Saturday, August 8, 2020

Batman Vs The Atomic Man

Back in the 1950s, everything was a "menace", and flourished on "atomic" power...

...and, the Batman comics of the time reflected society's thoughts, but none moreso than an early 1960s issue of Detective Comics, wherein Batman faced the Atomic-Man!

The Menace Of The Atomic Man

In Detective Comics #280 (June, 1960 with no identified writer, but art by Sheldon Moldoff and Charles Paris, and cover by Moldoff), The story begins with the Atomic-Man taking out the float business of Henry Hayes, who calls in Batman and Robin to help save him.  

Batman, using the distinct features of Atomic-Man's ears, places him as Paul Strobe, an engineer Batman put in jail seven years ago as he defrauded Hayes, and his partners Barker and Jenkins.  Strobe vowed revenge, and invented his atomic goggles which allowed him to transmute items by staring at them (but his goggles only worked for two hours before needing recharging).

With this knowledge, Batman and Robin went to protect Barker's business (now a shipping mogul).  Sadly, that did not go well, with Batman having to make a daring escape from the now floating ship (that Atomic-Man had made lighter than air).  

Still, trying again, Batman and Robin confronted Atomic-Man as he attempted to destroy the art of Jenkins, moving up Atomic-Man's timetable, turning Batman's cowl to glass to expose his identity.  Batman still stopped the Atomic-Man, and removed his helmet once its two hours of power was up.  Feeling he at least revealed Batman's identity, Batman corrected him, as Batman said he had seen Strobe turn other things to glass, so was wearing make up to hide his own identity!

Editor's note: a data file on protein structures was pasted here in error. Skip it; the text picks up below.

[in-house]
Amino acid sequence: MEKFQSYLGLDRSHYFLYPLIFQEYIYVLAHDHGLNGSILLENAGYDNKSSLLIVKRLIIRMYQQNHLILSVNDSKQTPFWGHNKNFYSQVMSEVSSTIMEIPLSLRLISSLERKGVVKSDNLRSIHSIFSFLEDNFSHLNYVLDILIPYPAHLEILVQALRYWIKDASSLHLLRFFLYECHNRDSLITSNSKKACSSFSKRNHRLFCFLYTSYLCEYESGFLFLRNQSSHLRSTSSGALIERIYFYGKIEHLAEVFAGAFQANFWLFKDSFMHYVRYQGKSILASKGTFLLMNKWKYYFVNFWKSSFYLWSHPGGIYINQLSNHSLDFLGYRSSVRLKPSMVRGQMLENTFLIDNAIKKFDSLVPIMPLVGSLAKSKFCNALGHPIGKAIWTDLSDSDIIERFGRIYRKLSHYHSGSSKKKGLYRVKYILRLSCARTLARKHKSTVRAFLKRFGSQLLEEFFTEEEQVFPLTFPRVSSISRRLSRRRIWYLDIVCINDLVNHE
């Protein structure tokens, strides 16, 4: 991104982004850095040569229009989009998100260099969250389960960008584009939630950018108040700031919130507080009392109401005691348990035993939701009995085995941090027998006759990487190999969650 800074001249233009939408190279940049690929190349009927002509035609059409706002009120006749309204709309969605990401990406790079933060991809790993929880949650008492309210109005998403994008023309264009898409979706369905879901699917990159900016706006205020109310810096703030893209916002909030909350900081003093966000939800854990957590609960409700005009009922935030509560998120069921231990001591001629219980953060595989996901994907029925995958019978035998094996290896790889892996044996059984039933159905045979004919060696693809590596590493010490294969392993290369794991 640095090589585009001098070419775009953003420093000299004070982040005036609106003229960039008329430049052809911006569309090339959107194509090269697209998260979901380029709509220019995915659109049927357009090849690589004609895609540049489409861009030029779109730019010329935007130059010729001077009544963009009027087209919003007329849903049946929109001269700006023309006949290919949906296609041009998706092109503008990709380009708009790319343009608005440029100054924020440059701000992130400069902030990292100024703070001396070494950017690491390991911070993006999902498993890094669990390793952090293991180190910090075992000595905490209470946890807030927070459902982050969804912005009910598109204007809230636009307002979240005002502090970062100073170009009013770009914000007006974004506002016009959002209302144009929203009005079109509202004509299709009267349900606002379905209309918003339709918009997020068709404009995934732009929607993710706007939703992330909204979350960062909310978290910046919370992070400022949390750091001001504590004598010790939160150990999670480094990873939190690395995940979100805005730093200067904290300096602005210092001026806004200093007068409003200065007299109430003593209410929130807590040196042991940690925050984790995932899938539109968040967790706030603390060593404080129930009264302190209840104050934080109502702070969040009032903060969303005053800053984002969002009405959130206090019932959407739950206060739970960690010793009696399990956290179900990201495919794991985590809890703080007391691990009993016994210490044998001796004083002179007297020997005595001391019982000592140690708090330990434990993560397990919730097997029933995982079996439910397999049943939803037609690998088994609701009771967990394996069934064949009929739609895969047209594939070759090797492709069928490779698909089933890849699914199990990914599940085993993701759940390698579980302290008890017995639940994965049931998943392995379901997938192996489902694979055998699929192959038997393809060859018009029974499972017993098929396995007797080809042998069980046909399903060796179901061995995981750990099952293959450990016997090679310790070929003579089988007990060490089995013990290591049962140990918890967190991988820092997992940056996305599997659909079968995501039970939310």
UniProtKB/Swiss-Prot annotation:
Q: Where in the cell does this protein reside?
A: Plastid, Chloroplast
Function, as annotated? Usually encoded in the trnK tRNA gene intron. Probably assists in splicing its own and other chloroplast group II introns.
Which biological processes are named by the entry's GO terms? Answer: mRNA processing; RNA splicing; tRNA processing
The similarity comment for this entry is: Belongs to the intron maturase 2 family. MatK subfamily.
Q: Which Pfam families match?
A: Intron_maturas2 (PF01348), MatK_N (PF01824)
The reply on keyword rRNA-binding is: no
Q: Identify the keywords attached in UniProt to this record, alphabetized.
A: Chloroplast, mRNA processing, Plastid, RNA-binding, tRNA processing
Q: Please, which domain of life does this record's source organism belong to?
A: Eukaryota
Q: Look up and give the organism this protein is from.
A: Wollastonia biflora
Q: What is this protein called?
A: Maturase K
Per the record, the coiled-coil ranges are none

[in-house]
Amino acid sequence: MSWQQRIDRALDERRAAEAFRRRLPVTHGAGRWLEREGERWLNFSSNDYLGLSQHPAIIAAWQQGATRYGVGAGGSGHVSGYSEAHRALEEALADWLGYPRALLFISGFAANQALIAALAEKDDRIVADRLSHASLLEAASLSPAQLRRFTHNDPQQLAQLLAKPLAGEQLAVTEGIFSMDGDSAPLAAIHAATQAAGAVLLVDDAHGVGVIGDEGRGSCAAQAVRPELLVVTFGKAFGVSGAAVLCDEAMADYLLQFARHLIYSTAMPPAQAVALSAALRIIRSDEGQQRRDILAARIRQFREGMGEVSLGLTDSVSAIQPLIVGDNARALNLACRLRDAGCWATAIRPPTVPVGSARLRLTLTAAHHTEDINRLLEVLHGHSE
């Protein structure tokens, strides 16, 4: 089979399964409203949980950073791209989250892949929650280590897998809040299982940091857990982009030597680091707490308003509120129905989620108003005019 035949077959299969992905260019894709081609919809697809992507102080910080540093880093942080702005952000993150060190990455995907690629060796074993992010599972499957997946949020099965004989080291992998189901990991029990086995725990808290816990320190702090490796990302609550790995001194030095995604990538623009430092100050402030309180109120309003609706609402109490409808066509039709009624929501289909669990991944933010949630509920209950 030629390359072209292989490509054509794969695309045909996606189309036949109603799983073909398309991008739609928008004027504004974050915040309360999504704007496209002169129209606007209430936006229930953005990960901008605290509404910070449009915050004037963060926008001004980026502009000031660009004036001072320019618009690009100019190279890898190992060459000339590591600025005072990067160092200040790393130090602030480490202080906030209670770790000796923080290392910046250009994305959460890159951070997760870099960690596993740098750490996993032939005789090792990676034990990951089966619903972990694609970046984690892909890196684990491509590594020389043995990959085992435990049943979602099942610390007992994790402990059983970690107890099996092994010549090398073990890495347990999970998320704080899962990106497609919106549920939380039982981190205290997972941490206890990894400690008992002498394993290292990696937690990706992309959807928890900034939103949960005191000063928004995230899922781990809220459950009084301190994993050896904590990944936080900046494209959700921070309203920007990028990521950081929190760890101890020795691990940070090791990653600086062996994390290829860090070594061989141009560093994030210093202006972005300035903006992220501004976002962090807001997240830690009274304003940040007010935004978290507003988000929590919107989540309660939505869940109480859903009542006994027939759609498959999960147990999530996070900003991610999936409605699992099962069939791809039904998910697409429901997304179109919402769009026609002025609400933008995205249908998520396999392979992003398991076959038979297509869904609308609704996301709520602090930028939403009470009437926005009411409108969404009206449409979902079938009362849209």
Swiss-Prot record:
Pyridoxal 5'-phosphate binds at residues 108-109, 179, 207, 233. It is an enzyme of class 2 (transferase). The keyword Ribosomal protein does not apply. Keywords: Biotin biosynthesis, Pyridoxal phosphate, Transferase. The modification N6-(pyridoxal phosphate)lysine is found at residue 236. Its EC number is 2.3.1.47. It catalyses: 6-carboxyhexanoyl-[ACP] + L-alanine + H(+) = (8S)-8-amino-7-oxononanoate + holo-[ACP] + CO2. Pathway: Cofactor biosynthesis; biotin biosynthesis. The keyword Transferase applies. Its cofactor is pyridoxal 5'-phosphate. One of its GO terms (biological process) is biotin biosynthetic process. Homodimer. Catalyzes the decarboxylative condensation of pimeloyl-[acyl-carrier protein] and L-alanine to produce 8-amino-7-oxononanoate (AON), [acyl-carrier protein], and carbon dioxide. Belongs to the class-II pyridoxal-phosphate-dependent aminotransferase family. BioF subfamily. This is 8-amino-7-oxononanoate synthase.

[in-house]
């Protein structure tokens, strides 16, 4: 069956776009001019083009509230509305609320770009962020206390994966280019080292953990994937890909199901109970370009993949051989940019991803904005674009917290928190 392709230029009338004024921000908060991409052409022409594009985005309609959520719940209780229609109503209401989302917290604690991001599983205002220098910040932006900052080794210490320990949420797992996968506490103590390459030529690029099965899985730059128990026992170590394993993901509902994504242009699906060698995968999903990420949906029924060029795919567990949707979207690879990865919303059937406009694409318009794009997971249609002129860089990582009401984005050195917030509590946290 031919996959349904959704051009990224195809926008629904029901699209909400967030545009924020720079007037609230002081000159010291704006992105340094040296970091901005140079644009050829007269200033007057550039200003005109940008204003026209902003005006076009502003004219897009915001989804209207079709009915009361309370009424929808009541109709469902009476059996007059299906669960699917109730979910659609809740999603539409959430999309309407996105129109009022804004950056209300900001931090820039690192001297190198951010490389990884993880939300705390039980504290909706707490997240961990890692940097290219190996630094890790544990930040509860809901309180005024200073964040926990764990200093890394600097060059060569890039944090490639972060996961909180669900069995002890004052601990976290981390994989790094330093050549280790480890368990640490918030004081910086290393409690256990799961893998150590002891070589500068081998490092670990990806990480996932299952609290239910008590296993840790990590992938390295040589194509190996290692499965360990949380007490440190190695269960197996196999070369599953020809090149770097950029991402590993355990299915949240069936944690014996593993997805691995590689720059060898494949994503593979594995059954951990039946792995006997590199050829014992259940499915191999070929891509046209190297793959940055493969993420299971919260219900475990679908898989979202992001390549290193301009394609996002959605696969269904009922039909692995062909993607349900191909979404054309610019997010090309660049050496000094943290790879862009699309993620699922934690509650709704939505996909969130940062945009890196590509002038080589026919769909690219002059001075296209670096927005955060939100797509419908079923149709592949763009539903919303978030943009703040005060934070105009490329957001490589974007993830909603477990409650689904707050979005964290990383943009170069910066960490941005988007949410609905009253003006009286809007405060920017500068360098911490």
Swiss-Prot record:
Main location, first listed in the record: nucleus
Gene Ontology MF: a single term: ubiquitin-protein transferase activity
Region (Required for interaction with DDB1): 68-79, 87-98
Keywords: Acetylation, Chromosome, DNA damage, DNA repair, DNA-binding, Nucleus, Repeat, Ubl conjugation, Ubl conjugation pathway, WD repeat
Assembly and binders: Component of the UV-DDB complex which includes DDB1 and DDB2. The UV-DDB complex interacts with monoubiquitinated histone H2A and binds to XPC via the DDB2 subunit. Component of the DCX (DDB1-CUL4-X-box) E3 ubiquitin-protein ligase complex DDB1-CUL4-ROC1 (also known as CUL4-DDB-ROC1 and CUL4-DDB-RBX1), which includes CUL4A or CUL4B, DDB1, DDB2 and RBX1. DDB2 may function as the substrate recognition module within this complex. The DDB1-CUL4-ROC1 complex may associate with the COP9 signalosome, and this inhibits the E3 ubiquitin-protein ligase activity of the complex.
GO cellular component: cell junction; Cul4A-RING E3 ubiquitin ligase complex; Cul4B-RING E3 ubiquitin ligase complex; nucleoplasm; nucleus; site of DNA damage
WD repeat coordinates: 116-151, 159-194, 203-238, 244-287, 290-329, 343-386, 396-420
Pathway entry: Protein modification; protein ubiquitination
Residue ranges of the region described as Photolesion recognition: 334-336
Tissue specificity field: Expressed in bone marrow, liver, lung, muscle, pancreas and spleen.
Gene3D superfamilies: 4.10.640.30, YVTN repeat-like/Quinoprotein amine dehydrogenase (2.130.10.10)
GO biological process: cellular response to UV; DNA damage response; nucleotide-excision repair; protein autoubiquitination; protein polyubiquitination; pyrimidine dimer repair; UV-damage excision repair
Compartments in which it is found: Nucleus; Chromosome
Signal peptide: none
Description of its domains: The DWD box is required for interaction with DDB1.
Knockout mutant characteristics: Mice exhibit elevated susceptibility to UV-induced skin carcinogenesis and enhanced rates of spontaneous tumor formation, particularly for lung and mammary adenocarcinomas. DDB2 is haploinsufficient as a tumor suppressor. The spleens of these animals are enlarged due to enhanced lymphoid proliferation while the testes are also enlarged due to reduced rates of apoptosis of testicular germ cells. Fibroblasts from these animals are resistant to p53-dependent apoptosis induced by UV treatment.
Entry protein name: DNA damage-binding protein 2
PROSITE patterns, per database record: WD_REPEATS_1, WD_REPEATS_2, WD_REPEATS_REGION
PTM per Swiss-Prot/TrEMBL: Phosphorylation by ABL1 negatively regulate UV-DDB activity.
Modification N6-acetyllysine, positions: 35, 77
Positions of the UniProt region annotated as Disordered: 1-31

Usual story for that era of Batman
(filled with invasions and transformations, but, amazingly, Atomic-Man didn't make another regular comic appearance (unlike many of these obscure Batman villains, who at least made it to Batman's Lego Movie, though he did make it into Batman: The Brave and the Bold cartoon, in "A Bat Divided!").


  1. That was an interesting read. I am not as familiar with any Batman stuff prior to 1986 but this post made me want to go back and check some of it out.

  2. I really love this era of Batman, when the writers didn't take him seriously and constantly try to prove what a badass he is or make him somehow "realistic" by portraying him as an a-hole. So much fun in these stories!